We find ourselves in unprecedented times, where situations locally and globally are rapidly evolving on a daily basis related to the COVID-19 pandemic. Using a One Health lens to examine the SARS2-CoV outbreak’s evolution, we will discuss how high risk human-animal-environment interfaces create opportunities for pathogen spillover events, how globalization is facilitating the potential for pandemics, and how global engagement among universities and stakeholders around the world can rapidly push and pull information to help with early identification, mitigation and prevention future outbreaks. In fall 2019, the USAID One Health Workforce – Next Generation (OHW-NG) Project launched successfully with the South East Asia One Health University Network (SEAOHUN) and the Africa One Health University Network (AFROHUN, formerly OHCEA), working closely with global team partners from the University of California, Columbia University ICAP Program, University of New Mexico ECHO Institute, and Ata Health Strategies. Our multidisciplinary consortium had high hopes for all that could be accomplished in this new partnership. Little did we know that just a few months later, the world would change so dramatically in the face of the COVID-19 pandemic, and that the need for the One Health University Networks would be more important than ever as a source of knowledge sharing, innovation, and global collegiality.
This webinar is organized by APRU Global Health Program and USC Institute on Inequalities in Global Health
Revisit the website on YouTube
Date and Time
Friday, July 10, 2020
11 am (Sydney)/10 am (Tokyo/Seoul)/9 am (Hong Kong/Beijing)/8 am (Bangkok)
Thursday, July 9, 2020
6 pm Pacific Time (US & Canada)
This webinar is open to the public and will be recorded for those who cannot attend live.
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The views, information, or opinions expressed during webinars are solely those of the individuals involved and do not necessarily represent those of Association of Pacific Rim Universities (“APRU”) and its employees. APRU is not responsible for and does not verify for accuracy of any of the information contained in the series.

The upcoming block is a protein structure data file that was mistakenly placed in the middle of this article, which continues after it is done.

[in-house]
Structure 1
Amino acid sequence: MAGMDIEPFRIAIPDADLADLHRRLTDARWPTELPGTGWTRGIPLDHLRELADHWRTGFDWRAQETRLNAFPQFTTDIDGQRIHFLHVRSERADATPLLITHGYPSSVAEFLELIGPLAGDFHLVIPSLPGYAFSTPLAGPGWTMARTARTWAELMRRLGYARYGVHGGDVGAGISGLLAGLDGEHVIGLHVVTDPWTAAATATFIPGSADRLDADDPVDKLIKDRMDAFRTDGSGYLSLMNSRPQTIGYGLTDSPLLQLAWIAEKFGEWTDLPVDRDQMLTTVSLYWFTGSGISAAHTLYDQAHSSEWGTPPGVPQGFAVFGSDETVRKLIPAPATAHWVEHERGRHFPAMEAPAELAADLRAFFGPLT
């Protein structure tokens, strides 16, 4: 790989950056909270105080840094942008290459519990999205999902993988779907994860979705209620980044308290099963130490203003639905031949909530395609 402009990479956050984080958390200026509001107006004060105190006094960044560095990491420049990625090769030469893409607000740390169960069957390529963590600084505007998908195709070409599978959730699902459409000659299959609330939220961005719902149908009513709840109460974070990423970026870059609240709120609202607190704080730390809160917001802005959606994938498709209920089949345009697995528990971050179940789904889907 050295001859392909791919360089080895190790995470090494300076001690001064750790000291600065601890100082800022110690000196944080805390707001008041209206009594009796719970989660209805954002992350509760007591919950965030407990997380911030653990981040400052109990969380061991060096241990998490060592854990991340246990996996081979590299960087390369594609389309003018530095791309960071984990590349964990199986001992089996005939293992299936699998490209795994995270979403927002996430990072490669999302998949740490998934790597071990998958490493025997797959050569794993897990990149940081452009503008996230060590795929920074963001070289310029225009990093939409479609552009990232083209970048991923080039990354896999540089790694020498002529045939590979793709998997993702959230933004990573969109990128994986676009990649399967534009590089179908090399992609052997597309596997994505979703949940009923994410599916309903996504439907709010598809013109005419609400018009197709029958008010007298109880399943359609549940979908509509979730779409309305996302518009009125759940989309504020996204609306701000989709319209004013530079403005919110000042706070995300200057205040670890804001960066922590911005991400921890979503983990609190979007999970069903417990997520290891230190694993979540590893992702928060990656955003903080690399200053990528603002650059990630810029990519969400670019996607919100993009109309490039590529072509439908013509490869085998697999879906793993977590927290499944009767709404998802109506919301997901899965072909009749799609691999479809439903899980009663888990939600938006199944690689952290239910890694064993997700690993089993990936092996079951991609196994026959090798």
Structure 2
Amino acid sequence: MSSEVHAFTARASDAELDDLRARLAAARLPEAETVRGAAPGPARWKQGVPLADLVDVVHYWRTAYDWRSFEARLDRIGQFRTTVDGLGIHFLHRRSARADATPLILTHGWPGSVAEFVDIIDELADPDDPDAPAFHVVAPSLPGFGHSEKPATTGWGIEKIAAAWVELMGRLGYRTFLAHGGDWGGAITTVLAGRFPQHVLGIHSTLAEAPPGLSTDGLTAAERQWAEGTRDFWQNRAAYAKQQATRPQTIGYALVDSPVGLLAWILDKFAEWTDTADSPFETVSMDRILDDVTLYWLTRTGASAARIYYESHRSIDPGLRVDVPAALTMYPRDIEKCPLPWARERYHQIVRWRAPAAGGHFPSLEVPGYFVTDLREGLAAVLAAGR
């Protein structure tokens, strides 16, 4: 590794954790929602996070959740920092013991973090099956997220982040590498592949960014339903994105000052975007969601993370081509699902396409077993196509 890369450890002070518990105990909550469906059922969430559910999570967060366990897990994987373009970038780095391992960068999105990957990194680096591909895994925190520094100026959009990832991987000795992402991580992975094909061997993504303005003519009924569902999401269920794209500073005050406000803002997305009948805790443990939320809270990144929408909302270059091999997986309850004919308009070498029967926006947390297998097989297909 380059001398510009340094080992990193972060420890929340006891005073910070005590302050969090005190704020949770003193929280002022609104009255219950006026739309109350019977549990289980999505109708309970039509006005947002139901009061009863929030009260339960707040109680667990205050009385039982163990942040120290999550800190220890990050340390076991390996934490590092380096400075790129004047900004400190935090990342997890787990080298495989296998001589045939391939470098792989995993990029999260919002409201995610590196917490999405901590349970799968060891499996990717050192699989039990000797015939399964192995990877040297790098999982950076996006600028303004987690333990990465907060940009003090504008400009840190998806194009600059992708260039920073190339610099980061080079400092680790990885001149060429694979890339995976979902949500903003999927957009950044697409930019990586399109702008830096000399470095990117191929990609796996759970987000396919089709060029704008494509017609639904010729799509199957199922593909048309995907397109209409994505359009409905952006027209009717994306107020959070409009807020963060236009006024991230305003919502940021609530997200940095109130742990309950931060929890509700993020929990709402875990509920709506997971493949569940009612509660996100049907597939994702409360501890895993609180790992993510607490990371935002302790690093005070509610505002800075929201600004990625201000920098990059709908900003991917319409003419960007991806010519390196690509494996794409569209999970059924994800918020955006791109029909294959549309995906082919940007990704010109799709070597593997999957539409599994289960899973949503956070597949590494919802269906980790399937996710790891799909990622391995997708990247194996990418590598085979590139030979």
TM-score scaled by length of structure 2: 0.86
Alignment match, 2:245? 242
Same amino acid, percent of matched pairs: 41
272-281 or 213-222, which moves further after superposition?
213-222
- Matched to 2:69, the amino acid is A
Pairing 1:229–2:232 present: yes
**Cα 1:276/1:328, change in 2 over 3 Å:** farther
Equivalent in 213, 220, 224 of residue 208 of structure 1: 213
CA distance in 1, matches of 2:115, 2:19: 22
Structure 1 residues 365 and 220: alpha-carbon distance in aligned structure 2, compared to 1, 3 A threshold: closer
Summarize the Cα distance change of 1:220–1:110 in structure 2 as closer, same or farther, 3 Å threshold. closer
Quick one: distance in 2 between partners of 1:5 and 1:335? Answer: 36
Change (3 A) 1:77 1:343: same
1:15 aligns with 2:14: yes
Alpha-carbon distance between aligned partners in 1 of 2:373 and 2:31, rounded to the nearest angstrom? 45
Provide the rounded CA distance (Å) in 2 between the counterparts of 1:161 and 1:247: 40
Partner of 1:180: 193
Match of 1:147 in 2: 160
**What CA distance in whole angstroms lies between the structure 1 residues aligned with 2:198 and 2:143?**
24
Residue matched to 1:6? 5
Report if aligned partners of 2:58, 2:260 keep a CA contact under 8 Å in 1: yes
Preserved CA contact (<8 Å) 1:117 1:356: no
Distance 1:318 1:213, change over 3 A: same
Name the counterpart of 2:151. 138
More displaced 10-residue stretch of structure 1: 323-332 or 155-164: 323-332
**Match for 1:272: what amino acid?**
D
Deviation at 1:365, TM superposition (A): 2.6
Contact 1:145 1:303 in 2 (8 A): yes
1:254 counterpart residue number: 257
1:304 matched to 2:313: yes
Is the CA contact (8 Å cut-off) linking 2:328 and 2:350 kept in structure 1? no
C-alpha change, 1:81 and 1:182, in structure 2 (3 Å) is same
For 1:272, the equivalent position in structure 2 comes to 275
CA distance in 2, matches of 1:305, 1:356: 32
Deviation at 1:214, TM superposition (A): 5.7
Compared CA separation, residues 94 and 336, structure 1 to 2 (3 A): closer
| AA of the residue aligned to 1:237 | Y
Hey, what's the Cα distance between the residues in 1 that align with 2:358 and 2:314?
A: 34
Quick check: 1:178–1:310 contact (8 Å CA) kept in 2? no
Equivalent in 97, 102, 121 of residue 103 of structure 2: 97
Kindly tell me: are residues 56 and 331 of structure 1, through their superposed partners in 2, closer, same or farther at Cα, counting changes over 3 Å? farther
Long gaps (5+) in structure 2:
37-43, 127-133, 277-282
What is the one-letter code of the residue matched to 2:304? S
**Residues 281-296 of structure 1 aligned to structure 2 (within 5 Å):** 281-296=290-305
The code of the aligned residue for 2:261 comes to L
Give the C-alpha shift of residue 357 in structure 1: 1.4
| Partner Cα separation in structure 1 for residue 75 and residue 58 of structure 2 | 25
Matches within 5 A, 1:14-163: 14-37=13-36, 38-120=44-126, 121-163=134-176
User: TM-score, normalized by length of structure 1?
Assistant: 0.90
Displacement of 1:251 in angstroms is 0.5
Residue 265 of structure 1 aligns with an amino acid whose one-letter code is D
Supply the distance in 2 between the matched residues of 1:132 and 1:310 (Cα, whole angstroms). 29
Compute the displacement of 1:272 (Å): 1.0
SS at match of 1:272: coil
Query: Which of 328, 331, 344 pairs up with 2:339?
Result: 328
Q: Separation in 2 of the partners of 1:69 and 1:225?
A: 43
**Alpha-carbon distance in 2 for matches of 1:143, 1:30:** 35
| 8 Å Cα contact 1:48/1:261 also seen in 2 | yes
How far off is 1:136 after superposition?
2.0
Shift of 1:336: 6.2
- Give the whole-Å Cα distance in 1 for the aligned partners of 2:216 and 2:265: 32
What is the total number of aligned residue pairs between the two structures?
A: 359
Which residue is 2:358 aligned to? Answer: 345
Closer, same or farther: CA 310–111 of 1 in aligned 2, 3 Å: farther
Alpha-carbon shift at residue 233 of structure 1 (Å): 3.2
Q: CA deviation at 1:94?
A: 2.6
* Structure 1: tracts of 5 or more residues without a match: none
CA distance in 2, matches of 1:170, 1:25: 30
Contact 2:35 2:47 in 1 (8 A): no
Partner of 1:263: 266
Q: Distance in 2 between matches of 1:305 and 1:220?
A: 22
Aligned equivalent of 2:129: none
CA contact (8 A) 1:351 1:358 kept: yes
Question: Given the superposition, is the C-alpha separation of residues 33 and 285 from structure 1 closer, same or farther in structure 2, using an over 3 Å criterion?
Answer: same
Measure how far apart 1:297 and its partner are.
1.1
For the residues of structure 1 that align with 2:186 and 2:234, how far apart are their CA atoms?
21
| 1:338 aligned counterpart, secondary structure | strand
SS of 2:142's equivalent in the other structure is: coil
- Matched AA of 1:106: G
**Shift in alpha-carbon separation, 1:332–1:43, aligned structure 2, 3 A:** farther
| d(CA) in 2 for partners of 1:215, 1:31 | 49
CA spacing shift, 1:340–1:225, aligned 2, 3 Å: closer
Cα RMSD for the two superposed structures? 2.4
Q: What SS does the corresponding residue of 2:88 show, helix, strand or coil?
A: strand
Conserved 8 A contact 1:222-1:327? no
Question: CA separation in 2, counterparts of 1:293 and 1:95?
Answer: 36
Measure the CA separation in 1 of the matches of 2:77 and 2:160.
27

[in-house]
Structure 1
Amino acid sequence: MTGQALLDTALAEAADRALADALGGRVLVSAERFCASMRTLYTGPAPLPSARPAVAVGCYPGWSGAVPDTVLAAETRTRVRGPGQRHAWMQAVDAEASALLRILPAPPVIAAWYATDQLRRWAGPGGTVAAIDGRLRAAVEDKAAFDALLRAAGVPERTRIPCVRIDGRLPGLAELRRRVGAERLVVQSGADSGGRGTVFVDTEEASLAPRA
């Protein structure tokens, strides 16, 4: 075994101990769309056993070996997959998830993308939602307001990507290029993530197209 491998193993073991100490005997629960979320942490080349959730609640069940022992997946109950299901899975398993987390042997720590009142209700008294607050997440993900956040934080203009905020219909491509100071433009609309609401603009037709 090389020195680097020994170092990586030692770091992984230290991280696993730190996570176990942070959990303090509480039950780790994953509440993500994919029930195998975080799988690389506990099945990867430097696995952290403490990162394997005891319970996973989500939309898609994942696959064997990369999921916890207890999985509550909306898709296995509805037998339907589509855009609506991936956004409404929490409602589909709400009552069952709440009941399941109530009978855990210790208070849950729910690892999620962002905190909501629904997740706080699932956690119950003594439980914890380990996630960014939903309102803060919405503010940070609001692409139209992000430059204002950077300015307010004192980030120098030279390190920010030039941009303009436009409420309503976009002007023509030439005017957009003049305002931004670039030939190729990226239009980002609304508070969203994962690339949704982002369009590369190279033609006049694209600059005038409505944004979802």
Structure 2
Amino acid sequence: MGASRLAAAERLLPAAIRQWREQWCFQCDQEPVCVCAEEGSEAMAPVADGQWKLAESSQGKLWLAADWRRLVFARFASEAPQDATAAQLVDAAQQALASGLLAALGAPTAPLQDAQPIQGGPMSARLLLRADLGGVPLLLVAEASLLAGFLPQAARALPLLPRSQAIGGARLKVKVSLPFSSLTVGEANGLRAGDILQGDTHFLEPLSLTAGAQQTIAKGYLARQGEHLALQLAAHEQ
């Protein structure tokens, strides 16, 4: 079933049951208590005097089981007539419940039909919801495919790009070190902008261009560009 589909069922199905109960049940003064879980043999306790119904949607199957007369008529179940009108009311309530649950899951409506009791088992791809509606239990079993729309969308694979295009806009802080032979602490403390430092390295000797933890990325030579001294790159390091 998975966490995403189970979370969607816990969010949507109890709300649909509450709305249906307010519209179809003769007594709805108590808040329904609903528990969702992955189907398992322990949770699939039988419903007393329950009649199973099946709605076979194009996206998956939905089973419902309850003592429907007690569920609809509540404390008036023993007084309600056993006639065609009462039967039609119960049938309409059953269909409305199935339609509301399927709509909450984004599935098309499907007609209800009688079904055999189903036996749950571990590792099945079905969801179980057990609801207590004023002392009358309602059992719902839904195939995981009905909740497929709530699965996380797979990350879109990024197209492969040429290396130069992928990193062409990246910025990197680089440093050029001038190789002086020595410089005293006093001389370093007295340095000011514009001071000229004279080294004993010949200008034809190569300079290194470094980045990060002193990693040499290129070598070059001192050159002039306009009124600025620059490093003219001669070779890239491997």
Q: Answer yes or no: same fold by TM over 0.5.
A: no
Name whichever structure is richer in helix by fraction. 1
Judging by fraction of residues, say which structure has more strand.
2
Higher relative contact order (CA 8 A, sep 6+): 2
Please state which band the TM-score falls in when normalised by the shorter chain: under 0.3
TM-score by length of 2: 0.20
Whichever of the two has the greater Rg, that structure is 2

Dr. Woutrina Smith is a Professor of Infectious Disease Epidemiology at the University of California, Davis and leads the USAID One Health Workforce – Next Generation Project that works closely with the Southeast Asia One Health University Network (SEAOHUN) and the Africa One Health University Network (AFROHUN, formerly OHCEA) to support training and innovation using a One Health approach to address pressing global health challenges. Within the University of California system, Dr. Smith leads the multi-campus UC Global Health Institute’s Planetary Health Center of Expertise and has been part of the UCD School of Veterinary Medicine’s One Health Institute since its inception. Originally from Alaska, Dr. Smith studied at Pomona College in Los Angeles, at School for Field Studies in Australia, and at UC Davis. Dr. Smith has received funding from diverse sources including the National Institutes of Health, the US Agency for International Development, the US Department of Defense, and the Bill & Melinda Gates Foundation to support her research and training endeavors.
Reading list for Professor Smith’s talk:
Predicting zoonoses (pdf)
Global shifts in mammalian population trends reveal key predictors of virus spillover risk (pdf)
On the hunt for the next deadly virus (web)
Southeast Asia One Health University Network (web)
Mellissa Withers, Ph.D., MHS is an Associate Professor at thin the Department of Preventive Medicine. She is based at the USC Institute on Inequalities in Global Health. She also is also Director of the Global Health Program of the Association of Pacific Rim Universities, a non-profit network of more than 50 leading universities in the region. She received a Ph.D. from the Department of Community Health Sciences at the UCLA Fielding School of Public Health with a minor in cultural anthropology. She also earned a Master’s in International Health from the Johns Hopkins Bloomberg School of Public Health and a BA in international development from UC Berkeley. Her research interests lie in community participatory research, gender-based violence, and global sexual and reproductive health. Dr. Withers is the editor of two books: Global Perspectives on Sexual and Reproductive Health Across the Lifecourse, and Global Health Leadership: Case Studies from the Asia-Pacific. She also writes a blog on human trafficking titled Modern-Day Slavery for Psychology Today.